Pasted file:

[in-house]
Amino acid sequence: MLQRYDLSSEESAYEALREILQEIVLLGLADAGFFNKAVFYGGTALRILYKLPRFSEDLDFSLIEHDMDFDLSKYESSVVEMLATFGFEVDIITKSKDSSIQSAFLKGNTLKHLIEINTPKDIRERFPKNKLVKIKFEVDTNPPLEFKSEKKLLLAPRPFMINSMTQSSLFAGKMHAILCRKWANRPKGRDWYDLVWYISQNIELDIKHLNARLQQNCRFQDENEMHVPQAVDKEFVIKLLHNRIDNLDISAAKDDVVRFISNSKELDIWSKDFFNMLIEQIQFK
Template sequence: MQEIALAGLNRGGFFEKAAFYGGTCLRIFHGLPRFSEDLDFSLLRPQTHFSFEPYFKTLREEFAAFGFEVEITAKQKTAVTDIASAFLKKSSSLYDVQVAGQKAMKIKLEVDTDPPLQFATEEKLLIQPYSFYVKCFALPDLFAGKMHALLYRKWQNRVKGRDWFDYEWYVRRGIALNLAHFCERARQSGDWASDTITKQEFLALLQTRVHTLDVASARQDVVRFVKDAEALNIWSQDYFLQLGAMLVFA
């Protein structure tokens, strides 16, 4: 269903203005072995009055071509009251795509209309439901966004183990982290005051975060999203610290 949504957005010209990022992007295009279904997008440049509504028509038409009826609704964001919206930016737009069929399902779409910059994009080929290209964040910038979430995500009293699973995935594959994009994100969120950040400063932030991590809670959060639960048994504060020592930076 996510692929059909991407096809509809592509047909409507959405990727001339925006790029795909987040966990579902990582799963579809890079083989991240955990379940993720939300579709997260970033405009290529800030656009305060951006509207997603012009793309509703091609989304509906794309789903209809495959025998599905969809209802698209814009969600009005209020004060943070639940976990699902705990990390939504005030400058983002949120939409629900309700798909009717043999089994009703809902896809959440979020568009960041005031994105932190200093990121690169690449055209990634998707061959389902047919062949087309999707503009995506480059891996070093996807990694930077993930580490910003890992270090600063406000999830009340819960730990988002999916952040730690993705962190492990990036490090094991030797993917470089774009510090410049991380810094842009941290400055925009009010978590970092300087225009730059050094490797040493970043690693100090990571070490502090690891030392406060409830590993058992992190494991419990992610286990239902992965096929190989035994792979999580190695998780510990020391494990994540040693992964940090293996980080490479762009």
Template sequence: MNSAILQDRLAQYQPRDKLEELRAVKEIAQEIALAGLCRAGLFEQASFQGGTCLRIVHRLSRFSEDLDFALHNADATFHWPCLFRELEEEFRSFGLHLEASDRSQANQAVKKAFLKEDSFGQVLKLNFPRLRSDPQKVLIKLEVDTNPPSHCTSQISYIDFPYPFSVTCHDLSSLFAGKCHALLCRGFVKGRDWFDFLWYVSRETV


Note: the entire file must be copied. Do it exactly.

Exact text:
[in-house]
Amino acid sequence: MLQRYDLSSEESAYEALREILQEIVLLGLADAGFFNKAVFYGGTALRILYKLPRFSEDLDFSLIEHDMDFDLSKYESSVVEMLATFGFEVDIITKSKDSSIQSAFLKGNTLKHLIEINTPKDIRERFPKNKLVKIKFEVDTNPPLEFKSEKKLLLAPRPFMINSMTQSSLFAGKMHAILCRKWANRPKGRDWYDLVWYISQNIELDIKHLNARLQQNCRFQDENEMHVPQAVDKEFVIKLLHNRIDNLDISAAKDDVVRFISNSKELDIWSKDFFNMLIEQIQFK
Template sequence: MQEIALAGLNRGGFFEKAAFYGGTCLRIFHGLPRFSEDLDFSLLRPQTHFSFEPYFKTLREEFAAFGFEVEITAKQKTAVTDIASAFLKKSSSLYDVQVAGQKAMKIKLEVDTDPPLQFATEEKLLIQPYSFYVKCFALPDLFAGKMHALLYRKWQNRVKGRDWFDYEWYVRRGIALNLAHFCERARQSGDWASDTITKQEFLALLQTRVHTLDVASARQDVVRFVKDAEALNIWSQDYFLQLGAMLVFA
């Protein structure tokens, strides 16, 4: 269903203005072995009055071509009251795509209309439901966004183990982290005051975060999203610290 949504957005010209990022992007295009279904997008440049509504028509038409009826609704964001919206930016737009069929399902779409910059994009080929290209964040910038979430995500009293699973995935594959994009994100969120950040400063932030991590809670959060639960048994504060020592930076 996510692929059909991407096809509809592509047909409507959405990727001339925006790029795909987040966990579902990582799963579809890079083989991240955990379940993720939300579709997260970033405009290529800030656009305060951006509207997603012009793309509703091609989304509906794309789903209809495959025998599905969809209802698209814009969600009005209020004060943070639940976990699902705990990390939504005030400058983002949120939409629900309700798909009717043999089994009703809902896809959440979020568009960041005031994105932190200093990121690169690449055209990634998707061959389902047919062949087309999707503009995506480059891996070093996807990694930077993930580490910003890992270090600063406000999830009340819960730990988002999916952040730690993705962190492990990036490090094991030797993917470089774009510090410049991380810094842009941290400055925009009010978590970092300087225009730059050094490797040493970043690693100090990571070490502090690891030392406060409830590993058992992190494991419990992610286990239902992965096929190989035994792979999580190695998780510990020391494990994540040693992964940090293996980080490479762009």
Template sequence: MNSAILQDRLAQYQPRDKLEELRAVKEIAQEIALAGLCRAGLFEQASFQGGTCLRIVHRLSRFSEDLDFALHNADATFHWPCLFRELEEEFRSFGLHLEASDRSQANQAVKKAFLKEDSFGQVLKLNFPRLRSDPQKVLIKLEVDTNPPSHCTSQISYIDFPYPFSVTCHDLSSLFAGKCHALLCRGFVKGRDWFDFLWYVSRETV